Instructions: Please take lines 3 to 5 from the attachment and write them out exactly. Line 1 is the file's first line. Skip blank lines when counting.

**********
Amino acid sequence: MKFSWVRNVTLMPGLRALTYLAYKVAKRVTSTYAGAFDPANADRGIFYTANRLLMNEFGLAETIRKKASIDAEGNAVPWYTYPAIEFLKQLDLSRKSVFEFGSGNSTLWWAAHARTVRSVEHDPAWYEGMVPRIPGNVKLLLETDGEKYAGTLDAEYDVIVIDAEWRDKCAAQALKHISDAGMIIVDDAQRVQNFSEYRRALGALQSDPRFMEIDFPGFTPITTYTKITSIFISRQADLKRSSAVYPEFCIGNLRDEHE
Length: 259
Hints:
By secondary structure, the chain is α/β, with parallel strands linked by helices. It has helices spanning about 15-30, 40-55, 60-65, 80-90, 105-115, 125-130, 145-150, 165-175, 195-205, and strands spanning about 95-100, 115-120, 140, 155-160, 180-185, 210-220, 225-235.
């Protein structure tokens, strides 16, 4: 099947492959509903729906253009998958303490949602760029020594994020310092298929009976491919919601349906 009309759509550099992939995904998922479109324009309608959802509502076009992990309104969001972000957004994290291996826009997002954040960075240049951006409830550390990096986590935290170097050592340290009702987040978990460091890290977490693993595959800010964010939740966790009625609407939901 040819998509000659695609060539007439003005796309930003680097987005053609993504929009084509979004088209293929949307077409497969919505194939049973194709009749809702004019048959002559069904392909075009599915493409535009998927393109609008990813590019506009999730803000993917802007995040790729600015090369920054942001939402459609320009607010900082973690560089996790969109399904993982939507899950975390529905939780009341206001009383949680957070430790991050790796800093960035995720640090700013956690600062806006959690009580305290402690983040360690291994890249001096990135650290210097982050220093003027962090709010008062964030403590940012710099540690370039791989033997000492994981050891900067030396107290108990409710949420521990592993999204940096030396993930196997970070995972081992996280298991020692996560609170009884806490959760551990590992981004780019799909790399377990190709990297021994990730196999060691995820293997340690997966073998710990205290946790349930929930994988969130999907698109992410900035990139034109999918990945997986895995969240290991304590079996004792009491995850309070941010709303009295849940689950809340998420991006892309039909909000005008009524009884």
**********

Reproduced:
Hints:
By secondary structure, the chain is α/β, with parallel strands linked by helices. It has helices spanning about 15-30, 40-55, 60-65, 80-90, 105-115, 125-130, 145-150, 165-175, 195-205, and strands spanning about 95-100, 115-120, 140, 155-160, 180-185, 210-220, 225-235.
């Protein structure tokens, strides 16, 4: 099947492959509903729906253009998958303490949602760029020594994020310092298929009976491919919601349906 009309759509550099992939995904998922479109324009309608959802509502076009992990309104969001972000957004994290291996826009997002954040960075240049951006409830550390990096986590935290170097050592340290009702987040978990460091890290977490693993595959800010964010939740966790009625609407939901 040819998509000659695609060539007439003005796309930003680097987005053609993504929009084509979004088209293929949307077409497969919505194939049973194709009749809702004019048959002559069904392909075009599915493409535009998927393109609008990813590019506009999730803000993917802007995040790729600015090369920054942001939402459609320009607010900082973690560089996790969109399904993982939507899950975390529905939780009341206001009383949680957070430790991050790796800093960035995720640090700013956690600062806006959690009580305290402690983040360690291994890249001096990135650290210097982050220093003027962090709010008062964030403590940012710099540690370039791989033997000492994981050891900067030396107290108990409710949420521990592993999204940096030396993930196997970070995972081992996280298991020692996560609170009884806490959760551990590992981004780019799909790399377990190709990297021994990730196999060691995820293997340690997966073998710990205290946790349930929930994988969130999907698109992410900035990139034109999918990945997986895995969240290991304590079996004792009491995850309070941010709303009295849940689950809340998420991006892309039909909000005008009524009884």